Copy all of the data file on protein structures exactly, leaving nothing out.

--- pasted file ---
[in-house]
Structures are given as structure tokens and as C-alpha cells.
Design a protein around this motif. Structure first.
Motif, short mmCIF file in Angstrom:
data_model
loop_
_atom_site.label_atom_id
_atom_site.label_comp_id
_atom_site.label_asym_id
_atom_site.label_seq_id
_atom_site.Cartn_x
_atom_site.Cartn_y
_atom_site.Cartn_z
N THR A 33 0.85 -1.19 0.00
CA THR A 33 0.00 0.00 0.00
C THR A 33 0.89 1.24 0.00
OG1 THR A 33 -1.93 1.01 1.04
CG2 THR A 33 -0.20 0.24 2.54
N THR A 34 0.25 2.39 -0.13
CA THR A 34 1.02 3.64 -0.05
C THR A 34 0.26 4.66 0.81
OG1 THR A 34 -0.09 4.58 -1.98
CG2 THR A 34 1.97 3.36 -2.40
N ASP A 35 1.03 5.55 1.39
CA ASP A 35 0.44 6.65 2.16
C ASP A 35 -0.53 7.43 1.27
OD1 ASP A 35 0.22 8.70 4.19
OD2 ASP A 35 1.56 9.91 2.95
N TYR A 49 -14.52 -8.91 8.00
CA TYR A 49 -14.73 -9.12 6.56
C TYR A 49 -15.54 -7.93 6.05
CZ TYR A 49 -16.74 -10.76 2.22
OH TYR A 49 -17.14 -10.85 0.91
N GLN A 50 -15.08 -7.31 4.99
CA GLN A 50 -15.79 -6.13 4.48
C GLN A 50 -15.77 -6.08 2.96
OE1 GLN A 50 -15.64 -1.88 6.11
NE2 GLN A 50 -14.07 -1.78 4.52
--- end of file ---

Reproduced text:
[in-house]
Structures are given as structure tokens and as C-alpha cells.
Design a protein around this motif. Structure first.
Motif, short mmCIF file in Angstrom:
data_model
loop_
_atom_site.label_atom_id
_atom_site.label_comp_id
_atom_site.label_asym_id
_atom_site.label_seq_id
_atom_site.Cartn_x
_atom_site.Cartn_y
_atom_site.Cartn_z
N THR A 33 0.85 -1.19 0.00
CA THR A 33 0.00 0.00 0.00
C THR A 33 0.89 1.24 0.00
OG1 THR A 33 -1.93 1.01 1.04
CG2 THR A 33 -0.20 0.24 2.54
N THR A 34 0.25 2.39 -0.13
CA THR A 34 1.02 3.64 -0.05
C THR A 34 0.26 4.66 0.81
OG1 THR A 34 -0.09 4.58 -1.98
CG2 THR A 34 1.97 3.36 -2.40
N ASP A 35 1.03 5.55 1.39
CA ASP A 35 0.44 6.65 2.16
C ASP A 35 -0.53 7.43 1.27
OD1 ASP A 35 0.22 8.70 4.19
OD2 ASP A 35 1.56 9.91 2.95
N TYR A 49 -14.52 -8.91 8.00
CA TYR A 49 -14.73 -9.12 6.56
C TYR A 49 -15.54 -7.93 6.05
CZ TYR A 49 -16.74 -10.76 2.22
OH TYR A 49 -17.14 -10.85 0.91
N GLN A 50 -15.08 -7.31 4.99
CA GLN A 50 -15.79 -6.13 4.48
C GLN A 50 -15.77 -6.08 2.96
OE1 GLN A 50 -15.64 -1.88 6.11
NE2 GLN A 50 -14.07 -1.78 4.52